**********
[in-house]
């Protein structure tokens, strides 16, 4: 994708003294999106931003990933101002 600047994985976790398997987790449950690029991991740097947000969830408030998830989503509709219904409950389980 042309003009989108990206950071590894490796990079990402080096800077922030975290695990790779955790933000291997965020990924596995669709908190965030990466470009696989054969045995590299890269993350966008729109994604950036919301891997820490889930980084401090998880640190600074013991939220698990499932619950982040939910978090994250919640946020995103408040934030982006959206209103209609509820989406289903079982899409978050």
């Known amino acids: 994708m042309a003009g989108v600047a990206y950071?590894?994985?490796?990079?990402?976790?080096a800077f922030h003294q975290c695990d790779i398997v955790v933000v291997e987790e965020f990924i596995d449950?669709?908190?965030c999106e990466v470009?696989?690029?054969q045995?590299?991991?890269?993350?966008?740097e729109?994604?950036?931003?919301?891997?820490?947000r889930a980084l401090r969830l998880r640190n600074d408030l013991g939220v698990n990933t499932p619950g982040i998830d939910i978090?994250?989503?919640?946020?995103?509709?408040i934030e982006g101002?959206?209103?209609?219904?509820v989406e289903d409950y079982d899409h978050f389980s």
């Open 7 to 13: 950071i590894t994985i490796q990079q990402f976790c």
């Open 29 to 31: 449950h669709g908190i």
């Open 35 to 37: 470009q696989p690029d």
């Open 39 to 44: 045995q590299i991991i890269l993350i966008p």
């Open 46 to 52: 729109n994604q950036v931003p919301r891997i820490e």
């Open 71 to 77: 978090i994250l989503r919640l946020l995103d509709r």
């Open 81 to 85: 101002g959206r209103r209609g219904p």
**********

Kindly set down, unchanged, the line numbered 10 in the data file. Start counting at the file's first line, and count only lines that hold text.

């Open 81 to 85: 101002g959206r209103r209609g219904p």